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When a child or teen with an advanced illness such as cancer makes a wish, wish-granting organizations do their best to make it happen.
The wish might be a trip to Greece or to be a state trooper for the day. Or maybe a teen wants a shopping spree or a child dreams of a treehouse.
The goal of wish-granting organizations is to create lasting, meaningful memories for families.
Every organization has different requirements. In most cases, a doctor, member of the care team, or a family member must refer children.
Types of wishes that are granted typically include:
Wish-granting organizations work diligently to grant each child’s individual wish as long as it is appropriate, safe, and within the organization’s budget. Children and teen patients shouldn’t be afraid to think big and ask for exactly what they want.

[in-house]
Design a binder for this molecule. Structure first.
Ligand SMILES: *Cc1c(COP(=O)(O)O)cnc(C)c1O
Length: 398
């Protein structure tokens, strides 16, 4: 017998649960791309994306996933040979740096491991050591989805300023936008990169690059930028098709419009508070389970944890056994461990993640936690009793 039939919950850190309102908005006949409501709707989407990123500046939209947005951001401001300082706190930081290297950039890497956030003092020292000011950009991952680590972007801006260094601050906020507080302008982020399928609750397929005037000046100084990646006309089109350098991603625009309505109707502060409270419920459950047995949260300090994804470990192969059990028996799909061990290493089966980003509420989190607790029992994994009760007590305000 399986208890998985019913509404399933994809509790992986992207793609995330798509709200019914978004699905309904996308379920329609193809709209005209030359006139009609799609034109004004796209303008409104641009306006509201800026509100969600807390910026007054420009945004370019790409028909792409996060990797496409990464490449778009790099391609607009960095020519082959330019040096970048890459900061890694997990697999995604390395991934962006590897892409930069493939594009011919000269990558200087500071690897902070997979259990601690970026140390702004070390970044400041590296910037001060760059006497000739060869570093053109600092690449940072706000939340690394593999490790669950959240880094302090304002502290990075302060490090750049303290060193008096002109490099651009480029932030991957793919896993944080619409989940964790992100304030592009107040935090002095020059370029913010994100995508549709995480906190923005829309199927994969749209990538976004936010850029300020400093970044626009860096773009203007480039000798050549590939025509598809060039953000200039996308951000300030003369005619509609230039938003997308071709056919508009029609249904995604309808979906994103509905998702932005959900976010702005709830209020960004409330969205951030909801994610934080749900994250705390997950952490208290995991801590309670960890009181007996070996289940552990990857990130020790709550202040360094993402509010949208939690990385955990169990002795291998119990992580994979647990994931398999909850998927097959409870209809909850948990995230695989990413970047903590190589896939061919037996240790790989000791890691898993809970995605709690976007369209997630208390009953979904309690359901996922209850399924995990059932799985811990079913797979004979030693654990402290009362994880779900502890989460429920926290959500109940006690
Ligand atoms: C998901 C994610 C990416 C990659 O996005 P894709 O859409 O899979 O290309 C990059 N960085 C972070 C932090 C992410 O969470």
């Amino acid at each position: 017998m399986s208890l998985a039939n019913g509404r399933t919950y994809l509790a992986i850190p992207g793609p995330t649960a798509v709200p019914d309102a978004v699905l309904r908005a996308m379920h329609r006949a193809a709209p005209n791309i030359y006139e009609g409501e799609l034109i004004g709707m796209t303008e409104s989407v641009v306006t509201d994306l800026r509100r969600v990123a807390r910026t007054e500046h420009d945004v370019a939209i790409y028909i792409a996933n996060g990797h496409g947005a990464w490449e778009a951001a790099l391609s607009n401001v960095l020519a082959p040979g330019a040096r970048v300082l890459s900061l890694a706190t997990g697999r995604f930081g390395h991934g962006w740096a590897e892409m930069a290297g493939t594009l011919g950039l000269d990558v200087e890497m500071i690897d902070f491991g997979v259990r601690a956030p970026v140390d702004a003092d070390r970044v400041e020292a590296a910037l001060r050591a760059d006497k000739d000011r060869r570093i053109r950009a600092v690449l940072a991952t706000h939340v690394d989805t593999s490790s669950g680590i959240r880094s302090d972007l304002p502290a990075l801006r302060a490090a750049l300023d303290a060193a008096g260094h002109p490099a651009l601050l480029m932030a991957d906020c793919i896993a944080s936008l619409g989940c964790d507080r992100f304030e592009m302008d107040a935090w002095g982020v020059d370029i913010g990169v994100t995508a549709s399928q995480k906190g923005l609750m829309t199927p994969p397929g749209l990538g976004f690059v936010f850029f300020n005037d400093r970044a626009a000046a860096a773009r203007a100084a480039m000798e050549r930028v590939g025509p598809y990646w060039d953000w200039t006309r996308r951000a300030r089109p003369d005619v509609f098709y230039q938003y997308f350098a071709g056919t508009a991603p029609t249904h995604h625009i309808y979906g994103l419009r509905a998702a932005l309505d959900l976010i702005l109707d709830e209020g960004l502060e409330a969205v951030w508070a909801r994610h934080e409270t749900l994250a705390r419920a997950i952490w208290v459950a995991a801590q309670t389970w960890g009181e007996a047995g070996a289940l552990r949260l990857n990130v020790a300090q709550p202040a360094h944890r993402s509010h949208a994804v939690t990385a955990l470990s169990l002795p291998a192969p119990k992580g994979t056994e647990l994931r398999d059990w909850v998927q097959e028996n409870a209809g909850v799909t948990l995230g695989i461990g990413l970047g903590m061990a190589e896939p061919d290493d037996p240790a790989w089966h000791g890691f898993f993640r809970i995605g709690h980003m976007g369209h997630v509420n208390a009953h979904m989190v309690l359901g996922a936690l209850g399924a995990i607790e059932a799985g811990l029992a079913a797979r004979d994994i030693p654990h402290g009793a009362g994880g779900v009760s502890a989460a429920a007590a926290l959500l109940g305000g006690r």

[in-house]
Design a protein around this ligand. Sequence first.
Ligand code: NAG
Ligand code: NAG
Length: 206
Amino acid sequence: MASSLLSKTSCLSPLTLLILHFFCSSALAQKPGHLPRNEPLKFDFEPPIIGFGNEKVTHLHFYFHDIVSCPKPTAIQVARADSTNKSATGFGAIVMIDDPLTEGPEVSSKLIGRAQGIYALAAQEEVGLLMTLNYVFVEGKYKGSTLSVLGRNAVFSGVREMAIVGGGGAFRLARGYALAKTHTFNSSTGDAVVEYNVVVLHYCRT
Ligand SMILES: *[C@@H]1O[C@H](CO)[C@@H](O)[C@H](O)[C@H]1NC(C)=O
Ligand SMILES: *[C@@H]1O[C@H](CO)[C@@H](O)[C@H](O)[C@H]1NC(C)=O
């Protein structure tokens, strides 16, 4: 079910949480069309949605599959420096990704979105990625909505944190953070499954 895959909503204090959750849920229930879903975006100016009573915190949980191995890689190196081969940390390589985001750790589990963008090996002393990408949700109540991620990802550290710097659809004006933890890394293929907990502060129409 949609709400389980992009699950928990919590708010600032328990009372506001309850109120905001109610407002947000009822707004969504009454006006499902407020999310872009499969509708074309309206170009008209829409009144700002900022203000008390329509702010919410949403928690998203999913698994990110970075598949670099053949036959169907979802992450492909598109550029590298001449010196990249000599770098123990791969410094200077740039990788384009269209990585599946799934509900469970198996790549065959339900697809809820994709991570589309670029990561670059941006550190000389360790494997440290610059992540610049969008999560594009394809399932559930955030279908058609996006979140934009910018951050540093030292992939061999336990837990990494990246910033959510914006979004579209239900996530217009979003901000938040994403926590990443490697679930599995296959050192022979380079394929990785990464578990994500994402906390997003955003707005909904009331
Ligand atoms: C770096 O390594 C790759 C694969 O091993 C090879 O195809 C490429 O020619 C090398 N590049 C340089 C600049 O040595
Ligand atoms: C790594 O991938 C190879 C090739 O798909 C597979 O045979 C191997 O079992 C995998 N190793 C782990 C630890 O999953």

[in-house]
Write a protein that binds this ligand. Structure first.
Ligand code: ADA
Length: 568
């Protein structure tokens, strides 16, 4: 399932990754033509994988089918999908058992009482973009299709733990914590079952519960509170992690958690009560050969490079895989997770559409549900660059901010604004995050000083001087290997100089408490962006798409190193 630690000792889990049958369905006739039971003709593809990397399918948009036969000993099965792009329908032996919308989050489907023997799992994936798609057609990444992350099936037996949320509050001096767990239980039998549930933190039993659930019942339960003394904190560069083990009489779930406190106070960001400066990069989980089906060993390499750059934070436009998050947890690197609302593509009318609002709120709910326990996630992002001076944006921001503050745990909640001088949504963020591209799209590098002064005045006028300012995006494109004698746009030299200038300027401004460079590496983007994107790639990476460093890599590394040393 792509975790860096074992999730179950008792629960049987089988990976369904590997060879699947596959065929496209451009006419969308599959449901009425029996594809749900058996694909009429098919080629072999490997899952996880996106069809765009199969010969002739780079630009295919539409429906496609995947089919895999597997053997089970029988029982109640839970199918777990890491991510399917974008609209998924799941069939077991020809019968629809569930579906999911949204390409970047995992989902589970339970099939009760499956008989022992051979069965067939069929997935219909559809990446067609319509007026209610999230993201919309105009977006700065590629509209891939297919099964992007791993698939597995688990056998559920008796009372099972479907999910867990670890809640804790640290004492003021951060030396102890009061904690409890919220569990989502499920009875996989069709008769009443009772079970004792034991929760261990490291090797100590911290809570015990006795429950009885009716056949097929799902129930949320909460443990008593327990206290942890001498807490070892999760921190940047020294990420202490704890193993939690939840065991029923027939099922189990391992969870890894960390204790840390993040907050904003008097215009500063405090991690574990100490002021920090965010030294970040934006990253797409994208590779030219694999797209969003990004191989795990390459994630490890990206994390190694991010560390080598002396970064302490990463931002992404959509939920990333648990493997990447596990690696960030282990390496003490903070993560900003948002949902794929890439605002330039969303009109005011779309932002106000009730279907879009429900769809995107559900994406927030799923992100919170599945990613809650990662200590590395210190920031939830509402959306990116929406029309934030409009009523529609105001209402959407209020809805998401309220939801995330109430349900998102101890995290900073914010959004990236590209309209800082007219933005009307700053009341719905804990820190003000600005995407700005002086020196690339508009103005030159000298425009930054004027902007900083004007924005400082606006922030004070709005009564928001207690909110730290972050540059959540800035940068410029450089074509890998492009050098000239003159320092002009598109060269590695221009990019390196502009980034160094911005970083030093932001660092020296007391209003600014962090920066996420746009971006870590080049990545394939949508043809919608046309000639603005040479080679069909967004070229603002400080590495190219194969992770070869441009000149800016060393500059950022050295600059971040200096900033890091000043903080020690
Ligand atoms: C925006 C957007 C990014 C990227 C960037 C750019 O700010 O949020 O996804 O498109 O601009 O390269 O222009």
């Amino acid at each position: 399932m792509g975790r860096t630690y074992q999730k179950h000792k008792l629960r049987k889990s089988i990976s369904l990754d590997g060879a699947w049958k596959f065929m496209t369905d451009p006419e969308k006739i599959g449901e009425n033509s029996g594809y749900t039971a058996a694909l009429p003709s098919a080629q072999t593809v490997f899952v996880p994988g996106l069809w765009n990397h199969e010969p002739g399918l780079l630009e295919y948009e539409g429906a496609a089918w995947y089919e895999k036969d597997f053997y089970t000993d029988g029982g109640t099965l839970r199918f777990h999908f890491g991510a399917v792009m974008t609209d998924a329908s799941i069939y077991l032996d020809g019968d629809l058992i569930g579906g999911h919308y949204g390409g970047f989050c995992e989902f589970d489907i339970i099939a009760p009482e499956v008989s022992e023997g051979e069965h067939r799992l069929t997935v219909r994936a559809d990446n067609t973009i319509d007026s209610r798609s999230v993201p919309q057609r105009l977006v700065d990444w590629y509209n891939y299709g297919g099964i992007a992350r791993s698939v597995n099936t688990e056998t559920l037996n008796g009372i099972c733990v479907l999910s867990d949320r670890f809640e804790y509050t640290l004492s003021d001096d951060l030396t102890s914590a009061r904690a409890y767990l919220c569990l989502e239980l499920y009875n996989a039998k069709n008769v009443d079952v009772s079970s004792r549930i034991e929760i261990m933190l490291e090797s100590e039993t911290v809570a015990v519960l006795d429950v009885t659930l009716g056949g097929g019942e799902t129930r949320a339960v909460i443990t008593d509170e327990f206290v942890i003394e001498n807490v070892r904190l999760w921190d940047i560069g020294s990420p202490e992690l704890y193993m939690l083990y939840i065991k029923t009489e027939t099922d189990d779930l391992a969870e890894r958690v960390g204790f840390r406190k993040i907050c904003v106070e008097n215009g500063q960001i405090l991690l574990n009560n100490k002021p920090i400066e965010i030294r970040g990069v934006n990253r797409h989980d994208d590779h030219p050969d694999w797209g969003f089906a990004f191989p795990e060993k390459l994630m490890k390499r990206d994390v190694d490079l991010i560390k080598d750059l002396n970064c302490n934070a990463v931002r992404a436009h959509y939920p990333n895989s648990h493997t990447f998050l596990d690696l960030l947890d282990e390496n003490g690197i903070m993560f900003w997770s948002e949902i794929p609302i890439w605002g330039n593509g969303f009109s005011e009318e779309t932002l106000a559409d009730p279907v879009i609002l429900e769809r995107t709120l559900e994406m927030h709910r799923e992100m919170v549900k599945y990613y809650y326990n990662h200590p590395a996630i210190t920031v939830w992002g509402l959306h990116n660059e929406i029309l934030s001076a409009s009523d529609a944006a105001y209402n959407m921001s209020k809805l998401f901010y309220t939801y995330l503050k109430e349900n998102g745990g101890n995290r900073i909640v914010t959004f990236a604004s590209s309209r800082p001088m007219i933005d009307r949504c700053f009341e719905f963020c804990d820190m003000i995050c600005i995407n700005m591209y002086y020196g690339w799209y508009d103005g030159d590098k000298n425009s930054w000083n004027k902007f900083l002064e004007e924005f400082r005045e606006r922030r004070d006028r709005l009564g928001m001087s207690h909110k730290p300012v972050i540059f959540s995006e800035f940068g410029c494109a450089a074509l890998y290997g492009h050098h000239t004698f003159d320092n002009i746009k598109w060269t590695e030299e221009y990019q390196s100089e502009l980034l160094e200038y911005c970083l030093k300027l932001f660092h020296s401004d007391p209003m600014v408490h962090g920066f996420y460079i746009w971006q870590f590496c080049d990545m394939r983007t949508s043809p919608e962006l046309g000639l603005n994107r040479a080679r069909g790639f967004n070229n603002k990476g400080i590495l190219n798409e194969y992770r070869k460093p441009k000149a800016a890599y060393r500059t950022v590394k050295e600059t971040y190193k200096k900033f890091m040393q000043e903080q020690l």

Most wish-granting organizations grant requests to children based on their health, not economic status. Typically, the recipient must be diagnosed before his or her 18th birthday. Many organizations do not allow children under the age of 3 unless the child is not expected to reach his or her 3rd birthday.
The best known wish-granting organization is Make-A-Wish, but there are many others. The United States has wish-granting organizations in all 50 states plus Washington DC, Guam, and Puerto Rico. Many have chapters in countries across the globe.
Together does not endorse any branded product mentioned in this article.
Reviewed: June 2018